Use Your Words: Terminology Adds

Precision and Understanding


Yes Virginia, There IS A Correct Way To Eat That!


Why "Wokkon Cooking" you ask?

We wanted to call this cookbook/project/website "Vaut le Voyage" but being simple folks at heart, we opted to just call in "Wokkon Cooking." (Like "Rokkon Racing" our online and track-day racing pursuit.) (We sign all our Deaf Bunnys emails with "ROKKON!") (Get it?)

Health and Cleanliness Concerns

Smaller is better!

When preparing raw ingredients smaller is ALWAYS better! No fancy French chef cut a half pound potato into quarters and threw it in the pot.


Learn to use a sharp knifes! Learn to sharpen and hone your knives! And for pitty's, go buy a REALLY GOOD set of cooking knives!

(This may be the best advice on this entire darn site...)

"What Can I Bring?"




"Peasant Food"

We say "peasant food" as a definition, not a judgment. For example, bologna: We recently had a guest bring us some bologna from their local day-trip while they were visiting. It was delicious! Peasant food, but outstanding!

We kicked that great bologna to "gourmet" status by adding great mustard, great horseradish, and great bread. Sauteed onions would have killed! Good beer and wine choices helped as always. The company and conversation guaranteed an outstanding afternoon!

We use "peasant food" to describe foods that are easy to find or make, and are usually taken for granted. Ha! Not anymore, right!?

How to drink wine with your Genius Dishes

Your Genius Dish(es)

These recipes are OUR Genius Dishes for OUR tastes. Only you can make them YOUR Genius Dishes for YOUR tastes. As you educate your palate you'll tweak everything so YOU love it!

Two blogs:

1) Guests: What can I do

2) Bring the wine

Guest Assistance Doesn't Really Work

Our original concept was that we'd involve our guests in the preparation. What a disaster that's been!

Such a cool idea! Share what we know. Get them involved! They're always asking "What can I do?" Unfortunately they can't actually do anything quickly and/or correctly without way more instruction than you have time to give while prepping a meal.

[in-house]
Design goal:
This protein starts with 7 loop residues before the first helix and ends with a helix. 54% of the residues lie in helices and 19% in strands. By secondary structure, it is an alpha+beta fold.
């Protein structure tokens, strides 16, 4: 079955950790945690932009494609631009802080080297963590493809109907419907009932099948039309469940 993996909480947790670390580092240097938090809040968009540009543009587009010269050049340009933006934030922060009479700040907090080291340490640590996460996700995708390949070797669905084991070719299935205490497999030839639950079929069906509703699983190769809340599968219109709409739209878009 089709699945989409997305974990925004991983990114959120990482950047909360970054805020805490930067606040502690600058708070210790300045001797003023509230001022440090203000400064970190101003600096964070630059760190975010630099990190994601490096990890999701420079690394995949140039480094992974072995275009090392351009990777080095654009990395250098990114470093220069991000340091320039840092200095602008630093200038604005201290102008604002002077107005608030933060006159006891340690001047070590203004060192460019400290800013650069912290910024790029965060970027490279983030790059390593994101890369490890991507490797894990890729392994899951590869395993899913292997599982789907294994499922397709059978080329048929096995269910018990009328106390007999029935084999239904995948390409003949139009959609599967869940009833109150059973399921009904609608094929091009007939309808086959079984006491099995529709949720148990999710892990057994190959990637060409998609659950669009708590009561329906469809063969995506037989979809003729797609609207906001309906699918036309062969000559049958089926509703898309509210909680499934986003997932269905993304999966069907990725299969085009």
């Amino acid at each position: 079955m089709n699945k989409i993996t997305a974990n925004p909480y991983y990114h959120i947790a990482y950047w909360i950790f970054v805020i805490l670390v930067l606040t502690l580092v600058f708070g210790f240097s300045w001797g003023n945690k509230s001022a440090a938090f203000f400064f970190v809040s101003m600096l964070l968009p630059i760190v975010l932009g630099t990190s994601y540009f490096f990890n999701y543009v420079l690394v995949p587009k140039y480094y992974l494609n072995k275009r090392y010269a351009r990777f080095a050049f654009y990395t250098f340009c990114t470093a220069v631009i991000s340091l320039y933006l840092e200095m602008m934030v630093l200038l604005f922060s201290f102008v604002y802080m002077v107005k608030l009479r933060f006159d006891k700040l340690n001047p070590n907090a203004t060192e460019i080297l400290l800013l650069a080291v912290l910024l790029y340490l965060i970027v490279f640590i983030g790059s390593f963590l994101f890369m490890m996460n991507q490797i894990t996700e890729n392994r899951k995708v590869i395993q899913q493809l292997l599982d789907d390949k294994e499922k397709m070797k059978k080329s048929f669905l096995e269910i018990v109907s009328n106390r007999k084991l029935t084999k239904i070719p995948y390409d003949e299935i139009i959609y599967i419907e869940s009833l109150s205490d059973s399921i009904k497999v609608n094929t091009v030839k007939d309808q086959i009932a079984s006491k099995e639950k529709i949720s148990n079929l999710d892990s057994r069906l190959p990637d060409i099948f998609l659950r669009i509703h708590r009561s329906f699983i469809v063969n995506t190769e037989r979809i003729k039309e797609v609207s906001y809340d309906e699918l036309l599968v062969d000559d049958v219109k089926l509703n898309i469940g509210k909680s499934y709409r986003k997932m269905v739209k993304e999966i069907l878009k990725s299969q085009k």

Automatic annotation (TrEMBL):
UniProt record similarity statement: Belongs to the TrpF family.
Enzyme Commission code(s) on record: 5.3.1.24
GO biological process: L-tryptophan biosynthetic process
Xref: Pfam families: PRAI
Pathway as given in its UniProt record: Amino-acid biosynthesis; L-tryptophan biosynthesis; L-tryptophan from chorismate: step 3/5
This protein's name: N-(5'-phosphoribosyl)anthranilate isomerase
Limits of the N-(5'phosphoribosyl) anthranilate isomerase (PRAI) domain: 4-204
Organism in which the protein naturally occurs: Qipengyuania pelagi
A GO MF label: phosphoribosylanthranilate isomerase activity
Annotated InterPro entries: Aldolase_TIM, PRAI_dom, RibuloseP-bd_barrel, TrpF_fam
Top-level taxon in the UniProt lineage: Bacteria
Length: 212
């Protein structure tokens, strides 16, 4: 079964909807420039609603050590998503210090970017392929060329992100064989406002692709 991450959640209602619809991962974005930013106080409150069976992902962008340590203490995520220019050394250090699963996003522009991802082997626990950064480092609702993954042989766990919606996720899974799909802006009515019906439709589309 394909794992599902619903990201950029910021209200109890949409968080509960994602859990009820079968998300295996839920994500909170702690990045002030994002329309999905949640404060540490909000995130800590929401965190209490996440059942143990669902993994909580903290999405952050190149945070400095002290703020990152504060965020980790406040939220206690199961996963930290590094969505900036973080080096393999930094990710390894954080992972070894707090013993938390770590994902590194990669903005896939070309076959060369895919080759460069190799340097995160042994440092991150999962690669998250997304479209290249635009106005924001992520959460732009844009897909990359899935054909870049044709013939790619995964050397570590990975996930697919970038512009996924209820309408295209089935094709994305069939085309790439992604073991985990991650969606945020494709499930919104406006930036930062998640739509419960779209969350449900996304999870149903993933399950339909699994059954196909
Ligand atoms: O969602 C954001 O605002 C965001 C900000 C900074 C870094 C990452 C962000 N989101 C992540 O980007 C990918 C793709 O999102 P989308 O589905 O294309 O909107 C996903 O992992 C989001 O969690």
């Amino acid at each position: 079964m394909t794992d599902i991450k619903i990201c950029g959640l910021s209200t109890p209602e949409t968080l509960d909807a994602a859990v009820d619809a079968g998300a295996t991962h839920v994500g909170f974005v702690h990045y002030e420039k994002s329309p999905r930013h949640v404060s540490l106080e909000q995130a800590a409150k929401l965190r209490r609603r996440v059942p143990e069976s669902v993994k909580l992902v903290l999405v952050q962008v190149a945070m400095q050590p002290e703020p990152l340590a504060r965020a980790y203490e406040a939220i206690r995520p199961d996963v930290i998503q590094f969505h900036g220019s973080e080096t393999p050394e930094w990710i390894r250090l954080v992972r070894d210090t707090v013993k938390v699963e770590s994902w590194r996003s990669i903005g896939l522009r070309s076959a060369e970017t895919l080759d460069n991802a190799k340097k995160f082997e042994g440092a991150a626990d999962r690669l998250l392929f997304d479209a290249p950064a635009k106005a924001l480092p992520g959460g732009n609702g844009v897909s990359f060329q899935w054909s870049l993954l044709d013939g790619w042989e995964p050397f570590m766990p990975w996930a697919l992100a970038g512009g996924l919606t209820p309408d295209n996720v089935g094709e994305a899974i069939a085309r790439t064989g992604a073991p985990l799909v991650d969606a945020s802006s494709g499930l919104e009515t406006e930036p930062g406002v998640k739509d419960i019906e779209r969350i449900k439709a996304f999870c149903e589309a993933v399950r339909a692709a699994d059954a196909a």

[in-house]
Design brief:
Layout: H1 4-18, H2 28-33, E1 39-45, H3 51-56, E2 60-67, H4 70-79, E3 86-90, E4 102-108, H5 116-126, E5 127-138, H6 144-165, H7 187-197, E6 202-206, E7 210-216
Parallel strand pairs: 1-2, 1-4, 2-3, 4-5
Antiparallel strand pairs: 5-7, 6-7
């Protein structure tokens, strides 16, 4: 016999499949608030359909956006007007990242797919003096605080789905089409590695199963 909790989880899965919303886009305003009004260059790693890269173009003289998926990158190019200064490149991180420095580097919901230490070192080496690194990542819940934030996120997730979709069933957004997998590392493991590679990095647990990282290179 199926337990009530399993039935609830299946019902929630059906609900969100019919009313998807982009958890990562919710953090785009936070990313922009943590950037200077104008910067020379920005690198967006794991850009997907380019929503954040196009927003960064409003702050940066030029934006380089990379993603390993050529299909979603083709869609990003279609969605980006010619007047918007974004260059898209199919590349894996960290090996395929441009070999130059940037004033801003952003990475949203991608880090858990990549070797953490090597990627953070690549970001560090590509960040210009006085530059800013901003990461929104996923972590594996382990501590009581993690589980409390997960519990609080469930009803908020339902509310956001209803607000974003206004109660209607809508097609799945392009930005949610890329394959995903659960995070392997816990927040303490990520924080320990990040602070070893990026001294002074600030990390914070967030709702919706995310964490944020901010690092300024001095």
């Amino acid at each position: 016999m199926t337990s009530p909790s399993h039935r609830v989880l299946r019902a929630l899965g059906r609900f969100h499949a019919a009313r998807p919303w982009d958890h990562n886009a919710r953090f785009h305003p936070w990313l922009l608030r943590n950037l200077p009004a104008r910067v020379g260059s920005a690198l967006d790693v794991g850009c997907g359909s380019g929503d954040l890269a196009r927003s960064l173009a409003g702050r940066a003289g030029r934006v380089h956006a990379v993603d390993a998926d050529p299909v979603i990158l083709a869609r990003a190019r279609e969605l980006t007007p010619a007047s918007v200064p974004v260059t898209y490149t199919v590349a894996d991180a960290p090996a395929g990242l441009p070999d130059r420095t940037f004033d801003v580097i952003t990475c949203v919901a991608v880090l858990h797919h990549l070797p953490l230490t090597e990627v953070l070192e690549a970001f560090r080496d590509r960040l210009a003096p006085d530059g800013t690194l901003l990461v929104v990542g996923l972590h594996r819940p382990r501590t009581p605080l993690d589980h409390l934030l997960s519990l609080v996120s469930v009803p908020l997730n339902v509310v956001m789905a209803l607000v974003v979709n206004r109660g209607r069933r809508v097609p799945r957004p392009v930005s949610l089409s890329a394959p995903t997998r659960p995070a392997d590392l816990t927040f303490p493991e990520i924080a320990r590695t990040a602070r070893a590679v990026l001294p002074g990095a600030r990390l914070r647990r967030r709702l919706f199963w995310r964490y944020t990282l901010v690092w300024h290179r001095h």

And even if you tell them what to do they won't follow your instructions because they know "A Better Way." Boulderdash! They're not fit to wear your apron! (Almost all fo them...) What did they serve you

So here's our advice:

Tell them to just come visit your home, enjoy themselves, and have a great meal! Tell them to bring wine but make sure to be specific as to what you want. (See "Not All Wines Are Created Equal" post.)

Tastes Vary MUCH Less Than You May Think.

Most people like the same things: Examples; Pizza, Coca-Cola, waffles, chocolate, sausage. You will run across people who don't want to try something new or "fancy." Don't bother cooking for them, you've got LOTS of friends that will climb over each other to devour your dishes.

Fire Is Your Friend!

The more we've cooked the more we've brought the heat! It's a bit of a learning curve, but slow-cooking doesn't add that "fire flavor" that our cavemen ancestors fell in love with!

Secret Weapons!






Brussel sprouts


CHEESES, Grommit!




Carmelized onions



Cutting vs. Chopping

Tossing vs. Mixing or Folding

Deliberate action vs. random action

Arrowroot vs. Cornstarch vs. Creaam Of Tatar vs. Flour

1) Bread roll

2) Base proteins, usually a selection lunch-meats.

-) Cheese(s), they elevate the taste more than anything else

3) Garlishes, meaning vegetables.

4) Sauce, usually... hmmm... There are no "usual" sauces.

5) We don't care what you call them, a long sandwich on a roll with lots of ingredients is not American only but you can only get truly great COMPLEX ones in America. Thanks to our unparalleled distribution system!

*) Where we live, "grinders" usually means "heated".

**) Paninis are something else entirely.

There's no such thing as a "veggie hoagie:" Cold veggies on bread!?! What were you thinking!?

Schtuff You Don't Know.


1) Ramekins Don't Stack.

2) Use your thermometers: Is your oven really 400-degrees?

-) Use your timers: Consistency is needed to refine-refine-refine your recipe to create your genius dish.

3) Use your power-tools: Food-processors, blenders, slicers all make preparation easier and quicker.

4) Use your sous-chef/dish-washer, that's what they're for.

5) Keep it clean! Clean utensils and work-space as you go.


-) You should have too many cookbooks. WA-A-Ay too many.

-) Lime-juice should come in the same sized bottles as lemon-juice. (It doesn't, but it should.)

-) You should almost always use the potatoe-skin as well.

-) Only a weirdo would create a great meal just for himself.